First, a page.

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Two from the '20s



The 1920s, the decade in which she began in films, remain the great untapped area of Carole Lombard research. Of course, the biggest gap is that none of the movies she made before her 1926 automobile accident are known to have survived; if merely one of them resurfaced somewhere, it would be a major find.

Failing that, though, the online archiving of newspapers has become a boon for researchers, as we're able to discover all sorts of heretofore unknown tidbits about Lombard's life and early career. Two such articles follow.

First, let's visit Dubuque, the picturesque northeastern Iowa town just across the Mississippi River from Wisconsin and Illinois...but we're going back to Sept. 30, 1925 to do it. Turns out one of the local theaters is playing this new Fox film called "Marriage In Transit," and there's a brief about it in the city's paper, the Dubuque Telegraph-Herald:



It looks to be something from the Fox publicity department, and it puts yet another dent in the long-held story that when a teenage Jane Alice Peters took a pseudonym for her movie career, she was known as "Carol" Lombard until about 1930, when a misspelled name on a poster led her to adopt the extra "e." But she was referred to as "Carole" in a pair of Los Angeles Times stories earlier in 1925 (http://community.livejournal.com/carole_and_co/197042.html). Indeed, misspelling honors here go to someone in the galleys, who left out the first "e" in September (not to mention a few commas) directly above the story. (You can also see a few radio listings to the left of the story; in those days, people in Dubuque who owned one of those amazing devices could hear stations from everywhere in the continental U.S., including both coasts. Of course, back then radio was in its infancy, with only a handful of AM stations.)

Lombard's comments about "busy Palm Beach widows getting fiances so mislaid" might presage things Carole would say a decade or so later, assuming this is something she actually said and not concocted by a studio publicist. It's hard to gauge what kind of personality Lombard was like in her pre-accident days; she would later refer to her earliest film work as "terrible." Here, she also admits a hasty marriage wouldn't be something she'd do in real life, probably because at the time this made the Telegraph-Herald, Lombard was less than a week away from reaching the ripe old age of...17.



Now let's jump ahead a little more than 3 1/4 years -- specifically to Jan. 20, 1929 -- and some 2,000 miles westward, to Los Angeles. We pick up the Times that morning and see this story, without a byline, in the entertainment section:



This article is a mite confusing. It says Carol (this is from the relatively brief period when Lombard eschewed the "e" in her first name) is appearing in "Craig's Wife" at the Hillstreet in downtown Los Angeles; actually, the film she was in at the time was "Ned McCobb's Daughter," which also starred Irene Rich.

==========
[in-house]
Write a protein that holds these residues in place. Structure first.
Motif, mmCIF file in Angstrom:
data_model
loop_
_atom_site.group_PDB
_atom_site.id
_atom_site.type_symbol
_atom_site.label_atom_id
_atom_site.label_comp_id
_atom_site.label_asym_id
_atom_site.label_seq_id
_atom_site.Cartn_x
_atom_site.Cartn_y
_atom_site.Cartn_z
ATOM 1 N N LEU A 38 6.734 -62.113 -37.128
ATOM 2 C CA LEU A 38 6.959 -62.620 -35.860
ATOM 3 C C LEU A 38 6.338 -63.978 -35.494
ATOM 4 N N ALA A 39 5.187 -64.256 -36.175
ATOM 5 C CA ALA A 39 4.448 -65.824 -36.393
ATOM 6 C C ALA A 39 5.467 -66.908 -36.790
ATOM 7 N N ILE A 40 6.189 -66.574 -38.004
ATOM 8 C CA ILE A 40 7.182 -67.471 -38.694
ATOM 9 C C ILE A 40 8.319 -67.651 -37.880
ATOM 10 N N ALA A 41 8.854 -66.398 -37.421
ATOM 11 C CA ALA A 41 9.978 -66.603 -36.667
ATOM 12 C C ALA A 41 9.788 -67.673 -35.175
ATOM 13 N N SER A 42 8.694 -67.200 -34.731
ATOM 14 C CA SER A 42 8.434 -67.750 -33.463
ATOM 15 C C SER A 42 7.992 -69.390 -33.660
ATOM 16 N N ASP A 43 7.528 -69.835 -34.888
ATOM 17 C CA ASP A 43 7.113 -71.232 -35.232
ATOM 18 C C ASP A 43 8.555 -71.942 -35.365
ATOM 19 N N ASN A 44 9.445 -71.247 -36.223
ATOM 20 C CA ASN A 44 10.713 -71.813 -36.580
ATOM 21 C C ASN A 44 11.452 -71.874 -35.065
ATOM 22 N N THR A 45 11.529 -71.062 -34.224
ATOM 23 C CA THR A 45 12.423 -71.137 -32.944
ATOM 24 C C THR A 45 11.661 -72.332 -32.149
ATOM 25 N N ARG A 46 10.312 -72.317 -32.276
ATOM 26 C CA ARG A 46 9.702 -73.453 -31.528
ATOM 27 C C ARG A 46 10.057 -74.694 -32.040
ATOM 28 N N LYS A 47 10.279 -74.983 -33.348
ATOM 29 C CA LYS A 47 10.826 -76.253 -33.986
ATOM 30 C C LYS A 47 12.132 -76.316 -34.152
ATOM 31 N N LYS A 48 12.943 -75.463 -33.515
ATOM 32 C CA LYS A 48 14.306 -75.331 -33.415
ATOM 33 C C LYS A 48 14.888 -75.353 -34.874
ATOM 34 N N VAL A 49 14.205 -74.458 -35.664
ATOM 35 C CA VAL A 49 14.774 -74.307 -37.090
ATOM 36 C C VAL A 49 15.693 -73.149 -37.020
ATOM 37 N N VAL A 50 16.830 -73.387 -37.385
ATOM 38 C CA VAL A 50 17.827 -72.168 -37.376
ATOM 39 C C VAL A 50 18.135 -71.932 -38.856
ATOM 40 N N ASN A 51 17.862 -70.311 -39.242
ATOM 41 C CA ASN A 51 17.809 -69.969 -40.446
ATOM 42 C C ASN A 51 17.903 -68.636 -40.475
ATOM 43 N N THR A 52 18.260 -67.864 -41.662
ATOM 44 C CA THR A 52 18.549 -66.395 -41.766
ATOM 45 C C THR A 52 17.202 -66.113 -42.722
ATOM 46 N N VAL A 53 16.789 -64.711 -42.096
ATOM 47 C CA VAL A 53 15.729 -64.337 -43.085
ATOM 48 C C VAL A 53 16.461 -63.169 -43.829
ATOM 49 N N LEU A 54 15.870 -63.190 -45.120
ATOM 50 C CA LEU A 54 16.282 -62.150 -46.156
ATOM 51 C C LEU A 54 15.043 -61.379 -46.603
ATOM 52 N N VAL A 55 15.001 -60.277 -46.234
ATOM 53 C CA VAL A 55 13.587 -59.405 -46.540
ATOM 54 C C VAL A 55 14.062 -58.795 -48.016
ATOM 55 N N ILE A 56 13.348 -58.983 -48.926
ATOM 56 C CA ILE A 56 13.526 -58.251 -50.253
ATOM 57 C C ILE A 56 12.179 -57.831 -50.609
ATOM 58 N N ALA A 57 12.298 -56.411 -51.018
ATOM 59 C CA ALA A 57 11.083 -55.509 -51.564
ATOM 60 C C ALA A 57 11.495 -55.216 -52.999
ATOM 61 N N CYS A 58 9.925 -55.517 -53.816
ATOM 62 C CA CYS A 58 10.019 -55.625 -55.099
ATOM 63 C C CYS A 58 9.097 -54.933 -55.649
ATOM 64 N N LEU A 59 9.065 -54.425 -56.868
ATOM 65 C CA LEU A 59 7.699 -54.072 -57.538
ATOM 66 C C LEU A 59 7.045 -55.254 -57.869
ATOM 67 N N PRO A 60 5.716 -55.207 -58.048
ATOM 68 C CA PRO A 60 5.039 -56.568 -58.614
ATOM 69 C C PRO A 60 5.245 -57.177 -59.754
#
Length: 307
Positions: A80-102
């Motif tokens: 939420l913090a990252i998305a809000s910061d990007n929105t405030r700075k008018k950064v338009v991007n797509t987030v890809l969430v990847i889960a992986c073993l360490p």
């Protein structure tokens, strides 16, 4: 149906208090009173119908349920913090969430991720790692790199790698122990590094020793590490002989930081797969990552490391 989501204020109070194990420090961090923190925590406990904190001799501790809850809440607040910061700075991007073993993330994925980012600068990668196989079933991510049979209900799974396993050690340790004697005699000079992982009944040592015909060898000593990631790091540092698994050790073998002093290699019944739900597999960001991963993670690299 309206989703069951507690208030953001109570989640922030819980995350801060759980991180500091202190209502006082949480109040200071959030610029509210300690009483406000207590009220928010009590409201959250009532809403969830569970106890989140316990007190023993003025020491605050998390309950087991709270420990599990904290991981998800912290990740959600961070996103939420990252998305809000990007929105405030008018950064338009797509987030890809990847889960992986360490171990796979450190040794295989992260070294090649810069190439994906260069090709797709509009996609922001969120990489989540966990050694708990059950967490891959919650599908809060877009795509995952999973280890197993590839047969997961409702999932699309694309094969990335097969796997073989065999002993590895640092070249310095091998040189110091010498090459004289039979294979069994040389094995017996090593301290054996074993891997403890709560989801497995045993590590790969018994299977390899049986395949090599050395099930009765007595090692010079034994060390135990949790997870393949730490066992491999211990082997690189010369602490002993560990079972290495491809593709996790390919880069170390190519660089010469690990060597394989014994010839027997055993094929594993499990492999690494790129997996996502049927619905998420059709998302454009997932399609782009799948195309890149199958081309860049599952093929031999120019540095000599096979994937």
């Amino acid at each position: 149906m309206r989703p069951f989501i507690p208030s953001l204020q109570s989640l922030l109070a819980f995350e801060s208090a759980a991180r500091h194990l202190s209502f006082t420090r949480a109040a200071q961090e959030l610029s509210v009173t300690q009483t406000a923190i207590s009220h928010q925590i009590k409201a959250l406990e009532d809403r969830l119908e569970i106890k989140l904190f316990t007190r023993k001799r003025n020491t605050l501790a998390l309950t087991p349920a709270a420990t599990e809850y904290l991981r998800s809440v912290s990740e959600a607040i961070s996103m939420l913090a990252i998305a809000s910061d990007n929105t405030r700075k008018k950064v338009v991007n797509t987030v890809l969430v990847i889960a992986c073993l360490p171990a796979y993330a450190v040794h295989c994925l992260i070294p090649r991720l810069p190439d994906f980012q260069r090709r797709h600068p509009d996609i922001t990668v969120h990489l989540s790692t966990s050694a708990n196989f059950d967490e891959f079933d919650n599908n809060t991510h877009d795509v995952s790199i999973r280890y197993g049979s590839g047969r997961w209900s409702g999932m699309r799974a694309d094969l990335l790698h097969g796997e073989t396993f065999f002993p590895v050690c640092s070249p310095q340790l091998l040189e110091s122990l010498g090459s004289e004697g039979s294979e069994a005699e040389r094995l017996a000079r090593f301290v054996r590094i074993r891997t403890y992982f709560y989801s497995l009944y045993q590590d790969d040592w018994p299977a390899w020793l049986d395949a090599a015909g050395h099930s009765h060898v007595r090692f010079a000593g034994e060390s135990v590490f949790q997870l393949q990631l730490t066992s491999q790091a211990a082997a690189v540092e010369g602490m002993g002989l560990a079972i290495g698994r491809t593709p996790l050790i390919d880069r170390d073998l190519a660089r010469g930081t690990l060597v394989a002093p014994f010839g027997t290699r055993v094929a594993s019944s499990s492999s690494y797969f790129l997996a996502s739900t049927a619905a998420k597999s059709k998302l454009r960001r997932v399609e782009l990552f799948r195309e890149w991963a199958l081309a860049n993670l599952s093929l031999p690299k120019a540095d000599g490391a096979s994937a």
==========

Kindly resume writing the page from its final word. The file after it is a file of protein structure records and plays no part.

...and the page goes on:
Actually, several other things are of interest here, not the least of which concerns itself with "Dynamite," the Cecil B. De Mille film for which she briefly had the female lead but wound up reduced to little more than an extra, wearing the number three in this publicity still (http://community.livejournal.com/carole_and_co/11206.html):



Years later, when Lombard made her first appearance on the "Lux Radio Theater" series De Mille hosted, they briefly mentioned that he had dismissed her from the original starring role. But, as it turns out, that wasn't Lombard's initial encounter with the director. Here's the story, taken from the second half of the article:



As Lombard is noted to have signed with Fox at age 15, this article apparently accepts the shibboleth that she was born in 1909, not the actual 1908. This would thus mean that she had tried to get work with De Mille in late 1922 or early '23, while still a student at Virgil Junior High School.

Some of her thoughts on "vamps" are worth noting. "Time was when a vamp was as apparent in her methods as a saxophone player," she quipped, but added that talking pictures provided such characters with more subtlety and texture -- a revamped vamp, as it were. "But now that we've learned to talk, we can all be different. We can say it with wisecracks or roses, and the Canadian Mounties have nothing on us when it comes to getting our man."

My thanks to William M. Drew, whose work on the initial years of motion picture history on the West Coast has proven invaluable (http://william-m-drew.webs.com/), for providing me with this article.

Incidentally, you may have noted we've once again changed the header photo. The one running this week was taken by Warners esteemed staff photographer Madison Lacy in early 1938.
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